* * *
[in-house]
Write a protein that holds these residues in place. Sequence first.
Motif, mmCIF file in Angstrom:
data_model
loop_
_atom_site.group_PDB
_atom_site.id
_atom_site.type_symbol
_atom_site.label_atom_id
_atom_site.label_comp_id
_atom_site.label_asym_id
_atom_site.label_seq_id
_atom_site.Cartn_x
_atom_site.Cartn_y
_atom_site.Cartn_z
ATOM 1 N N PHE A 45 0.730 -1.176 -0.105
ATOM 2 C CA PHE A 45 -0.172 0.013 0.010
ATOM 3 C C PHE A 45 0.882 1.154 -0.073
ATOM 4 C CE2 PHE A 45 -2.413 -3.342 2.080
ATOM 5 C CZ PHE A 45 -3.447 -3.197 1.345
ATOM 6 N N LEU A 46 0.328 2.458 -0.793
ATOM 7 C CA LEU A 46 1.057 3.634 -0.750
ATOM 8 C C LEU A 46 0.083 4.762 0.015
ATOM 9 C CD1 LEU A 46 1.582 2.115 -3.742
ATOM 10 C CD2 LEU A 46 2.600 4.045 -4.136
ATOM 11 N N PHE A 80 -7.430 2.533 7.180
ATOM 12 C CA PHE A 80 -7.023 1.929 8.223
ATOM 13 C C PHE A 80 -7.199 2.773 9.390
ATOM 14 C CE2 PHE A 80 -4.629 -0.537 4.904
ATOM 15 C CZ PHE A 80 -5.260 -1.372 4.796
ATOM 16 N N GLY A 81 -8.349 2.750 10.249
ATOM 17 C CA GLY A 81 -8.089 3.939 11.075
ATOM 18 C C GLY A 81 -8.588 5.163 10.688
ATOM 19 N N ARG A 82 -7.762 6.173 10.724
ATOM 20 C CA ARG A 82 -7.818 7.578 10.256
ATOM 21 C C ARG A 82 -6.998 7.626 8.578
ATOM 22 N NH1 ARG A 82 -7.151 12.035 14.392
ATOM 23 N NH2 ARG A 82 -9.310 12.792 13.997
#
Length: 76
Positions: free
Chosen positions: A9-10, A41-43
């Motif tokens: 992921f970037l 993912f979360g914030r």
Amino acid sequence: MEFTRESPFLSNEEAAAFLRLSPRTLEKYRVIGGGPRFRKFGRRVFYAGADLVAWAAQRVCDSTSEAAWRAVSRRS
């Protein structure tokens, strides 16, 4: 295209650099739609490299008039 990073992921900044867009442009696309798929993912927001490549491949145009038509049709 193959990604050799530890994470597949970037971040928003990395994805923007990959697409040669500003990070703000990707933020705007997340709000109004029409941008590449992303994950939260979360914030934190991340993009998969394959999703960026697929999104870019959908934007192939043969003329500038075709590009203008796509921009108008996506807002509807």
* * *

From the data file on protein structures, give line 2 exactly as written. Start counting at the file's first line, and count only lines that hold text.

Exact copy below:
Write a protein that holds these residues in place. Sequence first.